The survey was done by MSPAS personnel and took place between January and February 2011 among 30 communities located ≥850 masl in Comapa. Houses were systematically selected, according to probability proportional to size. Results from this survey were published by Bustamante et al. [2014]. These communities had been surveyed and focally sprayed with deltamethrin by MSPAS personnel in 2010. The distribution of the selected communities in the three time points can be observed in Fig 2.

Fig 2. Selected communities of Comapa, Jutiapa, Guatemala, for the entomological surveys of 2001, 2007 and 2011.

A) Location of Guatemala relative to Mesoamerica. B) Location of the municipality of Comapa, Jutiapa relative to Guatemala. The communities are represented by circles with red (2001), brown (2007) and gray (2011). The map was developed using QGis 2.18 with publicly available administrative boundaries.

Serological surveys (1999 [17], 2007, 2015)

Chagas disease serology used total antigen (1999 and 2007), as described by Rizzo et al [2003], or recombinant antigen (2015) ELISA tests. In each survey, serum was eluted from whole blood samples dried on filter paper. The published sensitivity and specificity were 100% and 95% for total antigen [17] and 98.8% and 99.6% for the recombinant antigen [30], respectively. While filter paper is not a recommended method of collection by the manufacturer (Wiener Lab, Argentina), the ELISA and blood spots on filter paper were chosen for the 2015 survey because this was the method used by the National Laboratory of Guatemala for surveillance procedures. We surveyed school-aged children (7–14 years of age) at three-time points during (1999, 2007, 2015) and women of child-bearing age (15–44 years) in 2015. All surveys were carried out by CES/UVG personnel.

Individual selection and sample size

Base line 1999 [17].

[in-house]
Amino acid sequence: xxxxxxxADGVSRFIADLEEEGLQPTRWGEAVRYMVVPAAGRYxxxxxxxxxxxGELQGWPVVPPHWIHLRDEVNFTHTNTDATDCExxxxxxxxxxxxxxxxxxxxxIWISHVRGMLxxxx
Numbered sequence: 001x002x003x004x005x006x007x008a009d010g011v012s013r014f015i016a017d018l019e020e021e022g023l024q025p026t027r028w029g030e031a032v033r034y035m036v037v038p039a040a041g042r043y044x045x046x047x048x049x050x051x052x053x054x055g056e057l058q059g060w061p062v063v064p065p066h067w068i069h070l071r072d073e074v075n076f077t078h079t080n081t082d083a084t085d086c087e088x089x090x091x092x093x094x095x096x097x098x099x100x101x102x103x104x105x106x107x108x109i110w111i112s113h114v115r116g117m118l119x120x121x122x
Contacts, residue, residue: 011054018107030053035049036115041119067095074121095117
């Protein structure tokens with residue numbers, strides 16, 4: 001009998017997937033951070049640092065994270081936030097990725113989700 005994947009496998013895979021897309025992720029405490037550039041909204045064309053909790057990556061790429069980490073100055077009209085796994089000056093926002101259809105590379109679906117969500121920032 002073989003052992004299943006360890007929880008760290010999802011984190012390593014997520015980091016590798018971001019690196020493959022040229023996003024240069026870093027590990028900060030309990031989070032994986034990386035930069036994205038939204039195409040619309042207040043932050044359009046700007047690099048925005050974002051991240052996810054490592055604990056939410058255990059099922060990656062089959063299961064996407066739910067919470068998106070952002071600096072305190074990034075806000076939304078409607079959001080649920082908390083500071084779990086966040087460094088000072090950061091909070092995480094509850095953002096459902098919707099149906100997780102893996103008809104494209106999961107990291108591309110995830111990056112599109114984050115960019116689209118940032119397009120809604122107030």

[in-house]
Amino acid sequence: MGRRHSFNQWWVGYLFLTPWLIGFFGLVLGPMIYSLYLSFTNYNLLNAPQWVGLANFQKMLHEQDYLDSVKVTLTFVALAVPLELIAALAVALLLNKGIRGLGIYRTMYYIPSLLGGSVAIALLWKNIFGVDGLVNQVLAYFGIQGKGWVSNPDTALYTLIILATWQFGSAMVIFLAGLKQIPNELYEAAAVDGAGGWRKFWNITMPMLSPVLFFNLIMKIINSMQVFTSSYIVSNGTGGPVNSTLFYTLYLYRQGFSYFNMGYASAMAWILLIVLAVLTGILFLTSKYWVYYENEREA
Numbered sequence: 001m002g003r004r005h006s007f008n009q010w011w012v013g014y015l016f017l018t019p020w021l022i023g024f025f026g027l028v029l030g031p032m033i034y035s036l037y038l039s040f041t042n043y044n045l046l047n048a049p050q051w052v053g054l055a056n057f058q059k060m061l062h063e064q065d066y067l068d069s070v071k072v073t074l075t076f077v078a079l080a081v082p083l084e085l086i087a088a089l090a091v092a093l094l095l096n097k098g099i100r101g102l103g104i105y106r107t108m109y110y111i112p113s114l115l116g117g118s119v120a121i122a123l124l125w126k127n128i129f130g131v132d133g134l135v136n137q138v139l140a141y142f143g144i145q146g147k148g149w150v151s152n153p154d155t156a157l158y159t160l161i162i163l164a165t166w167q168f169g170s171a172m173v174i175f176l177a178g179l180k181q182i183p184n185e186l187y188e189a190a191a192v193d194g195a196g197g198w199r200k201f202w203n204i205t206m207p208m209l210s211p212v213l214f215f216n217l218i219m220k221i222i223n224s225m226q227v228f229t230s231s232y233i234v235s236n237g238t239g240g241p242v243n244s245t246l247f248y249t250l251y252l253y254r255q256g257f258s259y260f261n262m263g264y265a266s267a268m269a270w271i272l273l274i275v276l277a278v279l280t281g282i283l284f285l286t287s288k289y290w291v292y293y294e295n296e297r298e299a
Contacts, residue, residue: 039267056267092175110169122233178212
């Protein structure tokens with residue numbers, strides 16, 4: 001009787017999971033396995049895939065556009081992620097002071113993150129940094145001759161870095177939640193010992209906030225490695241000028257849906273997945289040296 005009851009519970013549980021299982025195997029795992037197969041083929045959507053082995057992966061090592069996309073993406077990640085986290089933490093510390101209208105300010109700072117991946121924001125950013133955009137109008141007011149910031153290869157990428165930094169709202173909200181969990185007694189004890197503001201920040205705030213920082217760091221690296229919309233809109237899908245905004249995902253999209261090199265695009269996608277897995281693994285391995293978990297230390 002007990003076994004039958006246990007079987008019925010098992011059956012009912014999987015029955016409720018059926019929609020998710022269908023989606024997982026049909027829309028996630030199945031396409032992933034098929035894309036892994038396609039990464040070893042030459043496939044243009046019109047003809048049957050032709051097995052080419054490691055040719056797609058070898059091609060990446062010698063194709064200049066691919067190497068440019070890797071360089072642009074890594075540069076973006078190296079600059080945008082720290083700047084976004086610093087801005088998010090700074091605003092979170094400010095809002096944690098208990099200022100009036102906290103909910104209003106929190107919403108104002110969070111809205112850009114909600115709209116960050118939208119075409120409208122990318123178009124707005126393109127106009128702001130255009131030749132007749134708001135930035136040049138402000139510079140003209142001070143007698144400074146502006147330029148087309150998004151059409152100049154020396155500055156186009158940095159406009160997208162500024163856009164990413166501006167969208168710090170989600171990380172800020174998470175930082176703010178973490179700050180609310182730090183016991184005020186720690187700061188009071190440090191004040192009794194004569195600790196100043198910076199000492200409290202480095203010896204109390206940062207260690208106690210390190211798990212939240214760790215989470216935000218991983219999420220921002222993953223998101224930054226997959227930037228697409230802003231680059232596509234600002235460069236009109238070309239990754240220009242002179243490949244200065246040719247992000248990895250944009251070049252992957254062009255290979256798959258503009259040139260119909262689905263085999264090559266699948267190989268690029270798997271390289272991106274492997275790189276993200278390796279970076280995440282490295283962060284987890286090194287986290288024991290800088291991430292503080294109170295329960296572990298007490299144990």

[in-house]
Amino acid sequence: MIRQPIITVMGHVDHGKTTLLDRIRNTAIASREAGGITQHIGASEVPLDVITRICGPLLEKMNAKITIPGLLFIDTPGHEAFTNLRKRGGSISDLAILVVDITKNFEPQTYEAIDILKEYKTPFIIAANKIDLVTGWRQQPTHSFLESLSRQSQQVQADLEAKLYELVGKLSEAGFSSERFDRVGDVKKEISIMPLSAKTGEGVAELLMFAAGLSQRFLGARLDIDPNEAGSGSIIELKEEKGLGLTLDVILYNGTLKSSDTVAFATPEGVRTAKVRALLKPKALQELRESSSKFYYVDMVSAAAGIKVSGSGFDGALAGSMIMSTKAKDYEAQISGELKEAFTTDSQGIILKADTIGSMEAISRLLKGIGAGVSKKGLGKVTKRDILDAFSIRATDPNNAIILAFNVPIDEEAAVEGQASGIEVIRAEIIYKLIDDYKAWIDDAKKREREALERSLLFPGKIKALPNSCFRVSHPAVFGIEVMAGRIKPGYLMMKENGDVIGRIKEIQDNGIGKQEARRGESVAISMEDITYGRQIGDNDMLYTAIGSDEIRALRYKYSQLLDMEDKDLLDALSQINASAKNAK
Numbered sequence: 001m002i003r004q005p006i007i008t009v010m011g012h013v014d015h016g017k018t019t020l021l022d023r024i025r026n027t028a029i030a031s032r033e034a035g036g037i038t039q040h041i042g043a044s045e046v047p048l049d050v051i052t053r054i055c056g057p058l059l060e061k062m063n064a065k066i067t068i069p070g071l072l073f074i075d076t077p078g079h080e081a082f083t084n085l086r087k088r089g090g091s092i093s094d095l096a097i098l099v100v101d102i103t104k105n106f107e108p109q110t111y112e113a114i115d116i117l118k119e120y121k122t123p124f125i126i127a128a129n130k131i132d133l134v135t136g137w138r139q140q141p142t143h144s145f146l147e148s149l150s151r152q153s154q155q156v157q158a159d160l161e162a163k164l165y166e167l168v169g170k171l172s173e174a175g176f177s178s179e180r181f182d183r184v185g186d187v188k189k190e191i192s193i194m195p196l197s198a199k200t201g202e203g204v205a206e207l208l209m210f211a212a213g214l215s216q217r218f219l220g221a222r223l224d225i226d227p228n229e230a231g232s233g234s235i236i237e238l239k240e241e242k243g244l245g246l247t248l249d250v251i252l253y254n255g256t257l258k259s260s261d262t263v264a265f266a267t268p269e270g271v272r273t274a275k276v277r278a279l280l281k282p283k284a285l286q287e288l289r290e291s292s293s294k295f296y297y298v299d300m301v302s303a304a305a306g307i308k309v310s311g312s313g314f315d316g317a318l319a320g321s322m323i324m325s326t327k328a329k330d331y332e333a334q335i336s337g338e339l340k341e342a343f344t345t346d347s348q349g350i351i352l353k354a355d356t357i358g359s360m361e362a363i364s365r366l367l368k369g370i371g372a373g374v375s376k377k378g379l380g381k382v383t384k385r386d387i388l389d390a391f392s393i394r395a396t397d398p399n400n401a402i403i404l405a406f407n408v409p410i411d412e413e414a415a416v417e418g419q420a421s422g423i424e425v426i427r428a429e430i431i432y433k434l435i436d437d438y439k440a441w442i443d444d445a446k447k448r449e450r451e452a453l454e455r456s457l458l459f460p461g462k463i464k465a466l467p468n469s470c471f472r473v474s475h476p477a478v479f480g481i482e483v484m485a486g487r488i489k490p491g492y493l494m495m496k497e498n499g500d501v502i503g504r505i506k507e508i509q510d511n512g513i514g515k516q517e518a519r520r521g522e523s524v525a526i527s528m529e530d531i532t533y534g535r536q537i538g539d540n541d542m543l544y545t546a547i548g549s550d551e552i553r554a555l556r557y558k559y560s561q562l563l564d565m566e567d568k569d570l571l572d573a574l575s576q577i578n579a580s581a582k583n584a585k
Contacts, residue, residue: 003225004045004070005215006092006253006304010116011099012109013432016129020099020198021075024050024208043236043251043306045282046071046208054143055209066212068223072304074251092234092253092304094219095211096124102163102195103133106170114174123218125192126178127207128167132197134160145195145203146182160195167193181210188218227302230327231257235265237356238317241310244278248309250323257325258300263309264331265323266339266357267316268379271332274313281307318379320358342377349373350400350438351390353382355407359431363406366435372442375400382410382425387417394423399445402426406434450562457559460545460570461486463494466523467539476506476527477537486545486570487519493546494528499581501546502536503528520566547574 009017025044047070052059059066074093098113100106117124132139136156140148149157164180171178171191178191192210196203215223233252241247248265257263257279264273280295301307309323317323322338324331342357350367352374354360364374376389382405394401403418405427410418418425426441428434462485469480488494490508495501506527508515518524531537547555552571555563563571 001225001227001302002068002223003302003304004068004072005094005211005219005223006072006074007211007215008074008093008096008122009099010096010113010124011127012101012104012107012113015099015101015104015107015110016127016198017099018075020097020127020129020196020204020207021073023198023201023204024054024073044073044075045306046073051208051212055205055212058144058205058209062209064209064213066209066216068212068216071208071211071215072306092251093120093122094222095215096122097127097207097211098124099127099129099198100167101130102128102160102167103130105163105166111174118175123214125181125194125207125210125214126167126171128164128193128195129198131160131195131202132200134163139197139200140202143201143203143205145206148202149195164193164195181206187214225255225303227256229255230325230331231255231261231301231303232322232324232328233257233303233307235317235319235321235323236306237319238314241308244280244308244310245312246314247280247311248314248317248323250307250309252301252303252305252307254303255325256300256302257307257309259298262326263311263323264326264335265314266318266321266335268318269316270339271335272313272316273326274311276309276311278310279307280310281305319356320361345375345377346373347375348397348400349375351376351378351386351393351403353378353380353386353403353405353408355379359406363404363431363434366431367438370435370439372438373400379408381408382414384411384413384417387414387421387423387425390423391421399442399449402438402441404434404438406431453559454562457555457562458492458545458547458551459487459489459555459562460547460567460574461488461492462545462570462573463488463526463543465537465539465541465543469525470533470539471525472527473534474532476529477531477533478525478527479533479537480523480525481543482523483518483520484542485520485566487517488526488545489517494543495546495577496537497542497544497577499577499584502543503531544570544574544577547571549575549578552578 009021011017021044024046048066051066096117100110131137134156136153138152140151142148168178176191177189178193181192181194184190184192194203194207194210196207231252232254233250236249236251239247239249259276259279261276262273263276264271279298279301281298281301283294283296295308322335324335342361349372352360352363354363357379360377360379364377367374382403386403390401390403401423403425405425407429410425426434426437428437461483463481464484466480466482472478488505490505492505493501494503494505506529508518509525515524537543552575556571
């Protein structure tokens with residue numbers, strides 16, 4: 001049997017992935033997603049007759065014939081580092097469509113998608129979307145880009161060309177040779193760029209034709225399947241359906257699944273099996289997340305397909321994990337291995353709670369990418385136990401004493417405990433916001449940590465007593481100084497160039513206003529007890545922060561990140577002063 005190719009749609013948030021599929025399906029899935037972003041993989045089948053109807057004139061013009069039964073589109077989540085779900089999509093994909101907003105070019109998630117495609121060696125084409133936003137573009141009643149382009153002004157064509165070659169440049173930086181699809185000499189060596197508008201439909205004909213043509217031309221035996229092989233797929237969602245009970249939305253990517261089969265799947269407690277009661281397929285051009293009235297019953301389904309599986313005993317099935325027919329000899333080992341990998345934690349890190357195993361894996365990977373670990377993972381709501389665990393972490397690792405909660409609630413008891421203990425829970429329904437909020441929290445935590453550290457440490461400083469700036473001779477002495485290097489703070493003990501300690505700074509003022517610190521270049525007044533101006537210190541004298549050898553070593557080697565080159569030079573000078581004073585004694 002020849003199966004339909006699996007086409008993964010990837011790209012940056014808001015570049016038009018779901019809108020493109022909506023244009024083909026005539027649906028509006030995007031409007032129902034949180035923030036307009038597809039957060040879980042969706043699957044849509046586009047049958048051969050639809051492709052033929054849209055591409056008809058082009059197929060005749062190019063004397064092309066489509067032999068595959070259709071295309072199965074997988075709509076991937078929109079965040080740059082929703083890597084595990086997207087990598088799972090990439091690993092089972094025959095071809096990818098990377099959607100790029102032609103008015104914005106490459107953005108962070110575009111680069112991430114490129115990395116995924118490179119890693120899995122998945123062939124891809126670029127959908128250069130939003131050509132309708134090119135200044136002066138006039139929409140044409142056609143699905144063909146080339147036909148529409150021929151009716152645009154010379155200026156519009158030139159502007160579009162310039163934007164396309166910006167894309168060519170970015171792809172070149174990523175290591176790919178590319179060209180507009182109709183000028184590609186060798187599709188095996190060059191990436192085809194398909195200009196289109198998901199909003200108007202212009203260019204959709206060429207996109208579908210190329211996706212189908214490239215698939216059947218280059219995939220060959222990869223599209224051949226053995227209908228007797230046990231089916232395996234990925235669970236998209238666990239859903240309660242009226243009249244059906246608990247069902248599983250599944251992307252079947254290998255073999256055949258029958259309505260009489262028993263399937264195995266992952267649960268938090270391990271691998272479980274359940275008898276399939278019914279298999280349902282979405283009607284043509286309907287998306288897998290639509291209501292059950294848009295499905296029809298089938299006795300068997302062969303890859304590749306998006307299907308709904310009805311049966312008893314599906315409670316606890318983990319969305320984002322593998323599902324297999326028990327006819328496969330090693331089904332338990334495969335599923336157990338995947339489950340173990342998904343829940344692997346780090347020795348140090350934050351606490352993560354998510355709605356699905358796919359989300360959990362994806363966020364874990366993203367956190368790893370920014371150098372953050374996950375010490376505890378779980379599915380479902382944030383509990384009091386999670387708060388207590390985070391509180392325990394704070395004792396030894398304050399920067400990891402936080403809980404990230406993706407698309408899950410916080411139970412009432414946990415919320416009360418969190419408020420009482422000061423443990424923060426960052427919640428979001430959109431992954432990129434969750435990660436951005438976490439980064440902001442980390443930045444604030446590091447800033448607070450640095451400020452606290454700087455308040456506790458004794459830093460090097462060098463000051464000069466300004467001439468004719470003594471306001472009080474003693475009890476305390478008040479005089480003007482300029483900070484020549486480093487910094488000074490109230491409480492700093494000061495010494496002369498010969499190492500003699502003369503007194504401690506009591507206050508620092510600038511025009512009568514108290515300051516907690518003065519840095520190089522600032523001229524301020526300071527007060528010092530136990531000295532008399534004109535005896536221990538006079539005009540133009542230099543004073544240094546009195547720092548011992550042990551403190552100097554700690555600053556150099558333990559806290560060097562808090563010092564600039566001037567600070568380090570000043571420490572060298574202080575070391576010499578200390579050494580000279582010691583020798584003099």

The survey was carried out in October 1999 in two school districts (Fig 3) within the municipality of Comapa as part of a survey in five departments. We randomly selected 40 school-aged children within each district (n = 80). The test used was a crude ELISA. The results from this study were part of the publication by Rizzo et al. [2003]. Sampling was representative of the Municipality.

Fig 3. Selected communities of Comapa, Jutiapa, Guatemala, for the serological surveys of 1999, 2007 and 2015.

The schools are represented by circles with blue (1999), and the communities in brown (2007) and purple (2015). The map was developed using QGis 2.18 with publicly available administrative boundaries.

Surveillance phase 2007.

The survey took place between November 2007 and January 2008. We randomly selected one child from each household that had been selected for the entomological survey, as described for the entomology survey of 2007 (Fig 3). The sample size was calculated using an expected seroprevalence for T. cruzi of 5%; an approximation for the targeted age group based on previous studies [17]. Statistical parameters assumed a one-tailed distribution with 95% confidence level, 90% power, and 5% precision. We analyzed 215 children from the original selection of 220 households. Sampling was representative of the Municipality.

Surveillance phase 2015.